My favorite activity in Montreux is to spend time along the 11 km flowered lakeside promenade that runs from Clarens to Villeneuve, then resumes again in La Tour-de-Peilz and runs through Vevey. For me, there are four distinct portions.
The first portion runs from Clarens to Montreux, passing the five-star hotels Royal Plaza and the Montreux Palace across the street, the Auditorium Stravinsky, the resturant/inn Ermitage, and the Mai Thai restaurant with its gorgeious dock on the lake. This area has moderate foot traffic, and is a nice, relaxing area for people-watching. My favorite spot is the Cafe au Lac at the Royal Plaze.
The next portion of the promenade runs from the high-rise Eurotel Riviera to the Hotel Eden Palace au Lac, and this is the most crowded section. It includes the Forum (with its many restaurants, shops, and stores, and its underground parking), the Casino, the Tourist Office kiosk, many sidewalk vendors, and the central Place du Marche. This area is always bustling with crowds, with everyone on vacation from all over the world. Here you find Europeans, Asians, Americans, and Arabs, all rubbing shoulders and mingling easily; you see every style, from punked-out youth to edgy hip-hop artists to old-money-matrons in Chanel walking their pugs. This is a great area for people-watching and for getting energized.
The third section runs from the Hotel Eden Palace au Lac to the little dock in Territet, and this is probably my favorite part. It's relatively deserted, peopled usually by residents or frequent visitors on bicycles or on foot with their pets or their children. People walk slower here, savoring the views across the lake to the mountains or to Chillon. This is where you'll see folks sitting on benches or on rocks at the lake's edge, reading newspapers, having picnics, sunning themselves, or gazing quietly over the lake.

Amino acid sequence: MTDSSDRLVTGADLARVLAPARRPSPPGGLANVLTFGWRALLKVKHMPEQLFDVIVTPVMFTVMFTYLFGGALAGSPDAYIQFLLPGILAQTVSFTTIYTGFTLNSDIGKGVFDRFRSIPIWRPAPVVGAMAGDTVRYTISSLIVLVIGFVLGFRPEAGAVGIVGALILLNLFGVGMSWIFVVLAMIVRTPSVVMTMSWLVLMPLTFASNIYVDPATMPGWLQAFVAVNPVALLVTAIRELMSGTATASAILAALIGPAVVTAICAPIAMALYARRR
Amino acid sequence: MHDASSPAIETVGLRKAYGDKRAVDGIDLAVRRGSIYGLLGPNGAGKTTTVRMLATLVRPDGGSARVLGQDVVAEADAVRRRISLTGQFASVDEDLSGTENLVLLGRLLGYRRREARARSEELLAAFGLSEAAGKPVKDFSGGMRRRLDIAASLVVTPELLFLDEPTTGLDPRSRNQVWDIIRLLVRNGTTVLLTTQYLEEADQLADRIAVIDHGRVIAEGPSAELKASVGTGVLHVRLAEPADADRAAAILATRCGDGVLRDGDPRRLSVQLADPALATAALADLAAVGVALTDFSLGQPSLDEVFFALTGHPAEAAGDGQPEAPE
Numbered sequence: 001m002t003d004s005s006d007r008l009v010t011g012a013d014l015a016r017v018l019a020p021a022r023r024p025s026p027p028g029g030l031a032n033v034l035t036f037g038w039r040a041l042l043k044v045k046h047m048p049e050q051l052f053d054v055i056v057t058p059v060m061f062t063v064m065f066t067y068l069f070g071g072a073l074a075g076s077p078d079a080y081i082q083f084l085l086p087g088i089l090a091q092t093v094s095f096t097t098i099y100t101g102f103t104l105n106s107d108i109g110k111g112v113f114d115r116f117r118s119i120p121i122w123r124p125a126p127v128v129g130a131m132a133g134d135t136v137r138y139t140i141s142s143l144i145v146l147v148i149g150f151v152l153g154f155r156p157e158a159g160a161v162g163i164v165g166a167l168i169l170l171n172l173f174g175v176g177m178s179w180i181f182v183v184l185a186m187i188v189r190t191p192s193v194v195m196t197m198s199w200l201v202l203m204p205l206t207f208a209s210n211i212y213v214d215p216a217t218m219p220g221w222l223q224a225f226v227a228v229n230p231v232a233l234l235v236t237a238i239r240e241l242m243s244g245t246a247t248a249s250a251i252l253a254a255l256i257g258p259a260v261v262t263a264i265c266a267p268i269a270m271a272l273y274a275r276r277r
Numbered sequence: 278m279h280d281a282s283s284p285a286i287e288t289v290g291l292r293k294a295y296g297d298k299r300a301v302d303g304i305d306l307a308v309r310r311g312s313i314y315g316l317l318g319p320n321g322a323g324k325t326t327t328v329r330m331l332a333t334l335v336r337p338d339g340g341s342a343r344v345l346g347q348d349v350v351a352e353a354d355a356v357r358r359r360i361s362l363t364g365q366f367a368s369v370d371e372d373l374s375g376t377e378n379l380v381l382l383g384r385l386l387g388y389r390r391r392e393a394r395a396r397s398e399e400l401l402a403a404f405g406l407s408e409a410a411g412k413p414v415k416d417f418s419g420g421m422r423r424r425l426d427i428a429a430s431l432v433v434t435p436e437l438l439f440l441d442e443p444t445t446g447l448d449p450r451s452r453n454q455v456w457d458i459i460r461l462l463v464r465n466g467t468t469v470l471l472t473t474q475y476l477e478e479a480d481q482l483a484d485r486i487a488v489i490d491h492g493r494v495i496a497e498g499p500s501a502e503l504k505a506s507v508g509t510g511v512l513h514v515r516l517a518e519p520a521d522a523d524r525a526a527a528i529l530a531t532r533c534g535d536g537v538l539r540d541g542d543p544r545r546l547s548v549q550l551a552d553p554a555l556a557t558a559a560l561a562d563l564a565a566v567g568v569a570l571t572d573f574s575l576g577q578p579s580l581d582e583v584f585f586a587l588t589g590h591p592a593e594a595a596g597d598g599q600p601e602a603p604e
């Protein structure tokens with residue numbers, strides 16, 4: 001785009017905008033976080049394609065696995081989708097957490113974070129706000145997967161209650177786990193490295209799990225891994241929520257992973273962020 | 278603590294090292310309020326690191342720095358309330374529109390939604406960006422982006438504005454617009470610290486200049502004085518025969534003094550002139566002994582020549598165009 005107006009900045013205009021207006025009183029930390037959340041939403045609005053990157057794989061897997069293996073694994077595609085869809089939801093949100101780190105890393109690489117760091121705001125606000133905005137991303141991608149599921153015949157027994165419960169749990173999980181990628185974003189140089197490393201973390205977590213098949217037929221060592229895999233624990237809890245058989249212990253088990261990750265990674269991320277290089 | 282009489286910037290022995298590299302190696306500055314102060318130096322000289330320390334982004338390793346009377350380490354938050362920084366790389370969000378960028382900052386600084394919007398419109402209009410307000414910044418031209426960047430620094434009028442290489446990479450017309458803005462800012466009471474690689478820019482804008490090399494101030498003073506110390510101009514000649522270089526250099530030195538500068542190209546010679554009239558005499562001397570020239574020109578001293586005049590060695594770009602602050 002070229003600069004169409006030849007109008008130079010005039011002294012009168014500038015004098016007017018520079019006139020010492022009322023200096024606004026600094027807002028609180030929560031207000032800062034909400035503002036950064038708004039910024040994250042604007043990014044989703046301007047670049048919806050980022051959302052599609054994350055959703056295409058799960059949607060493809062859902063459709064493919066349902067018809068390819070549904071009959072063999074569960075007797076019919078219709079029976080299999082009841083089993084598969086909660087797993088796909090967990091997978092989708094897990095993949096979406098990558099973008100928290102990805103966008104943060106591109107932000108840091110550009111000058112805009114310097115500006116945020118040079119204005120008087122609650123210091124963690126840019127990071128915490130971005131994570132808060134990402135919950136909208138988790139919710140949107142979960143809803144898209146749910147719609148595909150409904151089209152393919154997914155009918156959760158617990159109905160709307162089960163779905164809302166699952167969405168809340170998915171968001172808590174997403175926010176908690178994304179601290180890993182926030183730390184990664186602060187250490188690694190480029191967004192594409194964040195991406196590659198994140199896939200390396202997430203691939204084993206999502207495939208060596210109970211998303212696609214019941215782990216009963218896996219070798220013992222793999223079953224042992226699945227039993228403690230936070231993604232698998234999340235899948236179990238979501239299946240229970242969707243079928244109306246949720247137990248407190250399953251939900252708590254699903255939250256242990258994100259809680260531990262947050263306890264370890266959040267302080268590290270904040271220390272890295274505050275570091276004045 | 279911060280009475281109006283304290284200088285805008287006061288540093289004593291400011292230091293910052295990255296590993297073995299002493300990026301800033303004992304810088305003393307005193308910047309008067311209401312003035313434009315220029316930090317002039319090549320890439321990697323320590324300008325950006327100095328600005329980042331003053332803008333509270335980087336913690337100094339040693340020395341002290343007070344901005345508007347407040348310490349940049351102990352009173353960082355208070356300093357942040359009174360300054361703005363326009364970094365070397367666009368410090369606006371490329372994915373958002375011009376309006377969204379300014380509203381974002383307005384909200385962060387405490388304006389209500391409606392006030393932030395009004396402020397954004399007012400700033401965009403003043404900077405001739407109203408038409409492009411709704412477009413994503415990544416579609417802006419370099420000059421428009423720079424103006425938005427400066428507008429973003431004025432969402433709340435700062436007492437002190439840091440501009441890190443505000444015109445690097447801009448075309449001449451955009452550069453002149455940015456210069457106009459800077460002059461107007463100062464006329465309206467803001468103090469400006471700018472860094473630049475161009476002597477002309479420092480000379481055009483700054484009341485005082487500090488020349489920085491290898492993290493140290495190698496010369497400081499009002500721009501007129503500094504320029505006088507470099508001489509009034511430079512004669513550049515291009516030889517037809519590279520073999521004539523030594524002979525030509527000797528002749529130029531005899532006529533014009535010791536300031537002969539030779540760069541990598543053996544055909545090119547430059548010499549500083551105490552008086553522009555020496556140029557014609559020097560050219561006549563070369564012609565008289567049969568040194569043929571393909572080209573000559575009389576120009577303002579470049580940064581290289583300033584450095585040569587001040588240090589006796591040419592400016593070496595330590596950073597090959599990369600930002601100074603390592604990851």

The fourth section runs from Territet past Chillon to Villeneuve. This part is practically deserted except for the part at Chillon, where you'll be mobbed by tourists biding their time between the tour of the castle and the departure of the bus. There are usually 5-7 tourist busses parked at the castle whenever it's open. Besides these tourists, you'll usually only see the odd dog-walker or scuba diver on this part.
The city's gardeners make the promenade even more entertaining by creating sculptures with flowers or with branches and leaves. They change the sculptures every few monthes, and I always look forward to seeing what new art they're up to.
If you make it all the way to Villeneueve, top off your long walk with a wonderful pizza & beer lunch at a lakeside café in Villeneuve, then take the ferry back to Montreux (I think the ferry has a reduced schedule starting in late Sep/Oct). Ferry schedules at (---).
An alternate way to see the promenade is to rent bicycles at the train station and pass it on wheels. You can take bicycles on the ferries.
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